Electrum is an example of a popular software wallet.
Hardware wallets usually look like USB drives. Their greatest benefit is the security they offer as they are not continuously connected to the internet. On the other hand, owners are advised to store them in a secure place because hardware wallets are vulnerable to theft. Physical wear and tear is another drawback to hardware wallets. Recovery features are usually available, but owners are advised to check with their manufacturer/retailer for the availability of this option.
The bottom line with hardware wallets is that they are not free. Higher security, and more control of your private key and consequently of your money, comes at a price.
Paper Wallets fall under the category of cold wallets because they are offline as well. Just like hardware wallets, security is one of the biggest advantages of paper wallets as they cannot be hacked. As the name suggests, paper wallets are pieces of paper where your private and public keys are written. Some may have corresponding QR codes written on them. They are very easy to use; simply print them on piece of paper and off you go.
The two main drawbacks to paper wallets are that they’re easy to lose if not stored properly, and if they’re printed on an ink-jet printer, the ink could fade. This is why laser printers are recommended by some paper wallet owners.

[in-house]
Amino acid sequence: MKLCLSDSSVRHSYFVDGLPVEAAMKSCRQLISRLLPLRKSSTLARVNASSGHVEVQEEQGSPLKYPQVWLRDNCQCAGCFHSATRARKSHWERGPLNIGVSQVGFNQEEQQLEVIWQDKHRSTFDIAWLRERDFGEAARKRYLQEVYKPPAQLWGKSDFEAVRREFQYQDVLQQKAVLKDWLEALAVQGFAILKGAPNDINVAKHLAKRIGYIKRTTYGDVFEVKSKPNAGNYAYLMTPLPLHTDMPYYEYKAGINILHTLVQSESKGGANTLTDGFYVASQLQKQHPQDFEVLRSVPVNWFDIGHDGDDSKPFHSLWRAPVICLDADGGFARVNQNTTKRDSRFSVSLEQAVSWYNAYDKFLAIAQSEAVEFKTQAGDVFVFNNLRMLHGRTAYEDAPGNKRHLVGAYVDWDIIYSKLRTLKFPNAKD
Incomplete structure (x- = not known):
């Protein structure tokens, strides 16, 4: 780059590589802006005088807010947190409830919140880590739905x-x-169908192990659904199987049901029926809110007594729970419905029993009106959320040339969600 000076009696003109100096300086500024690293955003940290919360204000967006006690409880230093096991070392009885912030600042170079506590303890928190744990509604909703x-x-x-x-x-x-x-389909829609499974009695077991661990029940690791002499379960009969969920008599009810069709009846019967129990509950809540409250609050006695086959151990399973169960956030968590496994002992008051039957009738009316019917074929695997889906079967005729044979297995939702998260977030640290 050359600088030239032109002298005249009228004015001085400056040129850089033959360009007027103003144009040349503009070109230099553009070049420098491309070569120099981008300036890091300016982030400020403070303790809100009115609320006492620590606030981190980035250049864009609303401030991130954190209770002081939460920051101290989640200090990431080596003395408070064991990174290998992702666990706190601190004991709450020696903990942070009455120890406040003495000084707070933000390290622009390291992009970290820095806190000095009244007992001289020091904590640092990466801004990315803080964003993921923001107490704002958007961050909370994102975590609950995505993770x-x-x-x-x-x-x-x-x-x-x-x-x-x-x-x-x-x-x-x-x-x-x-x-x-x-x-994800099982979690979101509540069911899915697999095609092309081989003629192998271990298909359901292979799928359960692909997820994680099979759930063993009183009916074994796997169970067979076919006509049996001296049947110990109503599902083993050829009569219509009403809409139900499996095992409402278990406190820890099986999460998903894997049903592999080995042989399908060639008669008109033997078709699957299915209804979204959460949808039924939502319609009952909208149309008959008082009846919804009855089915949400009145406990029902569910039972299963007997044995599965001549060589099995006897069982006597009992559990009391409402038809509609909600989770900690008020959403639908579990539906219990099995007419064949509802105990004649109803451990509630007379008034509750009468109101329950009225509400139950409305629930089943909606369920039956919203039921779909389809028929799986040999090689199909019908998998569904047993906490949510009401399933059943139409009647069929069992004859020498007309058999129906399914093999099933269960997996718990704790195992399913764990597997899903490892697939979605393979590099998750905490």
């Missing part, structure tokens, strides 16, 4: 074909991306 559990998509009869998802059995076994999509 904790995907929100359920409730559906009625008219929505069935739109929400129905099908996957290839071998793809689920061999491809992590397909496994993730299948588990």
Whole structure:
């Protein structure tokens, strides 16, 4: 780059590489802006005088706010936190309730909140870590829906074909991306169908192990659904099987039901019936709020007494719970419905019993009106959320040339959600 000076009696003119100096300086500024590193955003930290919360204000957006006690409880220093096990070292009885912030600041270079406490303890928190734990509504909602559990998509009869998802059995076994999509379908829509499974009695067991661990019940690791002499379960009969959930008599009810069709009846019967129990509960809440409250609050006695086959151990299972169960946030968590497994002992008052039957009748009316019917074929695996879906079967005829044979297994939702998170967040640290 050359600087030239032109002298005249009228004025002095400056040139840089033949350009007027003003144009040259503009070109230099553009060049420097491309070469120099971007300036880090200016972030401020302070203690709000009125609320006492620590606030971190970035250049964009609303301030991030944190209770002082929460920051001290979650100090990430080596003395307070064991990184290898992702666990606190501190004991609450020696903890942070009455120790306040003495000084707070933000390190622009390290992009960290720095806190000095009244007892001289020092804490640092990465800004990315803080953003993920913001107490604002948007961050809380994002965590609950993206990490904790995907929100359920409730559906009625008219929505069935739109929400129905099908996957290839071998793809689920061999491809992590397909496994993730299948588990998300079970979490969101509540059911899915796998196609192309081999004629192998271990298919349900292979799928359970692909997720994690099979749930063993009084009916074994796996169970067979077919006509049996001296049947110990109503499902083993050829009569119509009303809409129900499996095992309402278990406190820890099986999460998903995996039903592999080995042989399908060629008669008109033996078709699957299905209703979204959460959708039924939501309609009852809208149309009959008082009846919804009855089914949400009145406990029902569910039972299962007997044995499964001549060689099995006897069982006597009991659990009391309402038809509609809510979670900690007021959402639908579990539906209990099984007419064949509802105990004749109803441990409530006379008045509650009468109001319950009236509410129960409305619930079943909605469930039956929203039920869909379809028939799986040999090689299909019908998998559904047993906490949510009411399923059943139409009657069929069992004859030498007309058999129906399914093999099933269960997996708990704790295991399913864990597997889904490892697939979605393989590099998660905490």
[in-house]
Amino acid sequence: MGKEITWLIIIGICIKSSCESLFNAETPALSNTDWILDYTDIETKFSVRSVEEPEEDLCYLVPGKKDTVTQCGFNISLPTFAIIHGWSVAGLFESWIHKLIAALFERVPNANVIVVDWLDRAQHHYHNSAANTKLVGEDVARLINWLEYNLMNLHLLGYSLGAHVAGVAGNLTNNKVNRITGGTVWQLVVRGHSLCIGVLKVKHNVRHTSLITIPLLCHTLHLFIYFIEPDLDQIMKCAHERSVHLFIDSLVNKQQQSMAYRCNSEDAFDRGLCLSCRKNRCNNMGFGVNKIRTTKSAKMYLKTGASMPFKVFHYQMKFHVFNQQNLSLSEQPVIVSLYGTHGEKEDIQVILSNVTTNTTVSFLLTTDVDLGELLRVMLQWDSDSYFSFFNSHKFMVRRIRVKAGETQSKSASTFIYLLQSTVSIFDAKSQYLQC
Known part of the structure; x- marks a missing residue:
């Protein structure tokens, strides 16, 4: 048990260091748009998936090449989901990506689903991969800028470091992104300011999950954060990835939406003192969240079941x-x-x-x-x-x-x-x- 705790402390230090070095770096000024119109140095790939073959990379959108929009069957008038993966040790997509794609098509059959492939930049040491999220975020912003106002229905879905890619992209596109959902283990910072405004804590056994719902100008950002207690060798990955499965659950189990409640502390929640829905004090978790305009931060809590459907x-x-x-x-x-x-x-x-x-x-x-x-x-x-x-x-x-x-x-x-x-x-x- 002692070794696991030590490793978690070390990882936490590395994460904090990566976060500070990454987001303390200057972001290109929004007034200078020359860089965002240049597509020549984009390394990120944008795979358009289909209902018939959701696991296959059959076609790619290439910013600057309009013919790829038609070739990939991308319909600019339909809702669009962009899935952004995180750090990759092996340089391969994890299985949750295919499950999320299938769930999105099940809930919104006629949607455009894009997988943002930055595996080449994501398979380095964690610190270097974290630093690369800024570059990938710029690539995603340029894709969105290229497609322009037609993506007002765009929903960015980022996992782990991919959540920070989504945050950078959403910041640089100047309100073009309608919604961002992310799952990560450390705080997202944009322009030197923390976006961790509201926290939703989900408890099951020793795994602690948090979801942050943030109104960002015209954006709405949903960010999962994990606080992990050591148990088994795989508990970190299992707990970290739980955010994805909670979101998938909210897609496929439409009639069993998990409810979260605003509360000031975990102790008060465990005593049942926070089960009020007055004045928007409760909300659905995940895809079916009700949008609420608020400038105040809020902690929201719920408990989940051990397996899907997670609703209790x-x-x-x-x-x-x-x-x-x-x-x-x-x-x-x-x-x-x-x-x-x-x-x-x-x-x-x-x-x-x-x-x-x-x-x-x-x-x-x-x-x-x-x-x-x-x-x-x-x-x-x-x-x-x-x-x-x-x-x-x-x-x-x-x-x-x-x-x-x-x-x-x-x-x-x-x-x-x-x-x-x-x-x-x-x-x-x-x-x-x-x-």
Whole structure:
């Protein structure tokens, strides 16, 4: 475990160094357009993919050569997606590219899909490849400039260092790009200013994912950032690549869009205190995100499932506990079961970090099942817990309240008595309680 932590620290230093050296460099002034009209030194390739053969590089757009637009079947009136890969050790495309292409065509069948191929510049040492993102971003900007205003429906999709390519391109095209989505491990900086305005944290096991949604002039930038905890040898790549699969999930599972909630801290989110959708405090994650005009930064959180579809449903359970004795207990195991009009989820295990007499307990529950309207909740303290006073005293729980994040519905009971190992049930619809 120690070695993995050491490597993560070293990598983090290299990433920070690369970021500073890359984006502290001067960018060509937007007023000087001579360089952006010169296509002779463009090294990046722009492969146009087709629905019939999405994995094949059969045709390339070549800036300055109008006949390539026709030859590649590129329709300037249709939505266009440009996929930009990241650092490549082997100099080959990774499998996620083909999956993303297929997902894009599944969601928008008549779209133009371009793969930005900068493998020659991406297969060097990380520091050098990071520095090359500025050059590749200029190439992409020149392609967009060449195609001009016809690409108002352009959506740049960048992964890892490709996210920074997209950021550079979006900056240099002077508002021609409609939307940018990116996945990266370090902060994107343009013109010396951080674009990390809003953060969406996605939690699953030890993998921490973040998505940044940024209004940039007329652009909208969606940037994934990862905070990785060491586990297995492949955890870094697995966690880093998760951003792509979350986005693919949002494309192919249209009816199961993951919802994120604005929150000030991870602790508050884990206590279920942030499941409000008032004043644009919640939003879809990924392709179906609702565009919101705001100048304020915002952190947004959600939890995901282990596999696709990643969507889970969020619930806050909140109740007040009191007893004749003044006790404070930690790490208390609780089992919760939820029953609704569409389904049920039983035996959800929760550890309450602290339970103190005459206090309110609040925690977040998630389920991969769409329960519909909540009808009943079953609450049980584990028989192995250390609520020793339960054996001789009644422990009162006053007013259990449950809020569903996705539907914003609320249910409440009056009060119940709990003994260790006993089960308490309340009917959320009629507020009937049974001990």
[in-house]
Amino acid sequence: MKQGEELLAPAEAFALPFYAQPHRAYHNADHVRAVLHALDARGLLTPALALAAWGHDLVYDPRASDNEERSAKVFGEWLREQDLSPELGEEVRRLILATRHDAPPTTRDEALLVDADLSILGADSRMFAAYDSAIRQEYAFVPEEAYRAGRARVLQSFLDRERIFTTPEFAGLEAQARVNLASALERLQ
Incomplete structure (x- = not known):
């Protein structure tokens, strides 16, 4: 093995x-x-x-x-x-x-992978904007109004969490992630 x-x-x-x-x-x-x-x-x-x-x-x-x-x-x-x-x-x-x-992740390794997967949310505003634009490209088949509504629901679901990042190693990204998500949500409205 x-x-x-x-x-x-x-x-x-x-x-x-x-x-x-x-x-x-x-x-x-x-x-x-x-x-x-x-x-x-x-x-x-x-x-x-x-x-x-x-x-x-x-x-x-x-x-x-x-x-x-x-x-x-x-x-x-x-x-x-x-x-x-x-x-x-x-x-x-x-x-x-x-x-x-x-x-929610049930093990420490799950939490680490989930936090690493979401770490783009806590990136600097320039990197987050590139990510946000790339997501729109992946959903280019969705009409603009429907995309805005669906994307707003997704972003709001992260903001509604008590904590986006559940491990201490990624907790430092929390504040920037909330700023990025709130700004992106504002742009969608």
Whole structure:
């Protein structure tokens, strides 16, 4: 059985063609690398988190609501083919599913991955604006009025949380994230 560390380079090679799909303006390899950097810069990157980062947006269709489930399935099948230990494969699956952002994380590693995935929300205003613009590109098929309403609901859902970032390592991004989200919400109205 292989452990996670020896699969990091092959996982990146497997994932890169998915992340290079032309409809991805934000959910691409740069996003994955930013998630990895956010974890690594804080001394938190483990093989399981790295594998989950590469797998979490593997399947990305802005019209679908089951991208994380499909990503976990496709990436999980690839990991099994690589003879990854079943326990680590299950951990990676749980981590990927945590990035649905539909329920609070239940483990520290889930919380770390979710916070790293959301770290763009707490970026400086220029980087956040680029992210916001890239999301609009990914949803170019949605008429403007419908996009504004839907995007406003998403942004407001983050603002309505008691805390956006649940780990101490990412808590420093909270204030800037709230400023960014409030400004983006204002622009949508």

Many online cryptocurrency exchanges offer wallets as well. In this case, your private key is stored in or on the exchange’s servers (referred to as the cloud). While they are convenient to access, they are a target for hackers and less secure than other wallets. In 2014 one of the world’s biggest cloud exchanges – Mt Gox, filed for bankruptcy as a result of losing 850, 000 bitcoins to hackers.
A more recent example of cloud based wallet vulnerability is Bitfinex. In 2017, customers complained about massive delays when trying to withdraw; the exchange was periodically offline on some days while the price of bitcoin was surging. The company explained that they were the target of distributed denial of service (DDoS) attack, in the form of “malicious micro deposits and withdrawals”.
Some experts advise people to avoid keeping large amounts of digital currencies on exchanges, precisely because of cases like Mt. Gox and Bitfinex.
Many articles have been written about cryptocurrency wallets, but the final question you have to ask yourself is: “what is the best cryptocurrency wallet for me?” Do your research, weigh up the pros and cons of each wallet, and decide what you would be most comfortable with.
Those that boast high security are more suitable for long-term commitments and a large amount of funds. Others boast ease-of-access and user-friendliness, which are more suitable for beginners and transactions involving smaller amounts. You can also decide to use more than one wallet. In this case, consider using a cold wallet for your long-term needs and a hot wallet for immediate transactions.